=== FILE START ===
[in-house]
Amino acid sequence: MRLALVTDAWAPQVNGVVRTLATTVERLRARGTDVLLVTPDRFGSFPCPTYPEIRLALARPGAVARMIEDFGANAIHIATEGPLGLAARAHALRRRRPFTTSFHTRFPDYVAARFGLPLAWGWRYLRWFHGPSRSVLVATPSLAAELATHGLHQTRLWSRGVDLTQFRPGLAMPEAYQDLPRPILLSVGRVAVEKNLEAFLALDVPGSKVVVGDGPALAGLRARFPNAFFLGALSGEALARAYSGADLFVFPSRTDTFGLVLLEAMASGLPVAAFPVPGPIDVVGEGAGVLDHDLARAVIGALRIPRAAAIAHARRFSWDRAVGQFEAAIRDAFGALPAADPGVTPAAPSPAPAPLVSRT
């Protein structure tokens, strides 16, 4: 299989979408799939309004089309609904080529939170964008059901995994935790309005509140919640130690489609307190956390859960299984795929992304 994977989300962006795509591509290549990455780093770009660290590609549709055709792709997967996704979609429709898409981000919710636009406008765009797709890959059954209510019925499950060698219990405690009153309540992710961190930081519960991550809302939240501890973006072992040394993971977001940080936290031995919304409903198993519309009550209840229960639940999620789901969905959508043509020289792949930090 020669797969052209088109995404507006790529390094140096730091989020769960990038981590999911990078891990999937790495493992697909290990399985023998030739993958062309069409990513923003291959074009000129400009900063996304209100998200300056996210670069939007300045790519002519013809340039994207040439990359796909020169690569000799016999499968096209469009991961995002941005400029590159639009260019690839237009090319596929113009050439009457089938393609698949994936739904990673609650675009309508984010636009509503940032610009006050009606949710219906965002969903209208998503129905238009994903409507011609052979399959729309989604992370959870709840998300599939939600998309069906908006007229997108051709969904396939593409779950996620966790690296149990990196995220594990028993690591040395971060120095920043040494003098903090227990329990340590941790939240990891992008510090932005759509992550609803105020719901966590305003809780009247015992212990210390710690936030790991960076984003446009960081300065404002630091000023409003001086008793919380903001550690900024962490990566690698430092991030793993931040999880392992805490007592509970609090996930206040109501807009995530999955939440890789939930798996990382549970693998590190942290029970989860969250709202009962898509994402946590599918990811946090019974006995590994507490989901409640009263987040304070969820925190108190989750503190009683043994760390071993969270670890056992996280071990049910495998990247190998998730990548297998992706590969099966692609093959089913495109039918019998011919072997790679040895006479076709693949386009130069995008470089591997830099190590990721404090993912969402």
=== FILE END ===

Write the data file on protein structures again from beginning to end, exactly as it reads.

[in-house]
Amino acid sequence: MRLALVTDAWAPQVNGVVRTLATTVERLRARGTDVLLVTPDRFGSFPCPTYPEIRLALARPGAVARMIEDFGANAIHIATEGPLGLAARAHALRRRRPFTTSFHTRFPDYVAARFGLPLAWGWRYLRWFHGPSRSVLVATPSLAAELATHGLHQTRLWSRGVDLTQFRPGLAMPEAYQDLPRPILLSVGRVAVEKNLEAFLALDVPGSKVVVGDGPALAGLRARFPNAFFLGALSGEALARAYSGADLFVFPSRTDTFGLVLLEAMASGLPVAAFPVPGPIDVVGEGAGVLDHDLARAVIGALRIPRAAAIAHARRFSWDRAVGQFEAAIRDAFGALPAADPGVTPAAPSPAPAPLVSRT
């Protein structure tokens, strides 16, 4: 299989979408799939309004089309609904080529939170964008059901995994935790309005509140919640130690489609307190956390859960299984795929992304 994977989300962006795509591509290549990455780093770009660290590609549709055709792709997967996704979609429709898409981000919710636009406008765009797709890959059954209510019925499950060698219990405690009153309540992710961190930081519960991550809302939240501890973006072992040394993971977001940080936290031995919304409903198993519309009550209840229960639940999620789901969905959508043509020289792949930090 020669797969052209088109995404507006790529390094140096730091989020769960990038981590999911990078891990999937790495493992697909290990399985023998030739993958062309069409990513923003291959074009000129400009900063996304209100998200300056996210670069939007300045790519002519013809340039994207040439990359796909020169690569000799016999499968096209469009991961995002941005400029590159639009260019690839237009090319596929113009050439009457089938393609698949994936739904990673609650675009309508984010636009509503940032610009006050009606949710219906965002969903209208998503129905238009994903409507011609052979399959729309989604992370959870709840998300599939939600998309069906908006007229997108051709969904396939593409779950996620966790690296149990990196995220594990028993690591040395971060120095920043040494003098903090227990329990340590941790939240990891992008510090932005759509992550609803105020719901966590305003809780009247015992212990210390710690936030790991960076984003446009960081300065404002630091000023409003001086008793919380903001550690900024962490990566690698430092991030793993931040999880392992805490007592509970609090996930206040109501807009995530999955939440890789939930798996990382549970693998590190942290029970989860969250709202009962898509994402946590599918990811946090019974006995590994507490989901409640009263987040304070969820925190108190989750503190009683043994760390071993969270670890056992996280071990049910495998990247190998998730990548297998992706590969099966692609093959089913495109039918019998011919072997790679040895006479076709693949386009130069995008470089591997830099190590990721404090993912969402």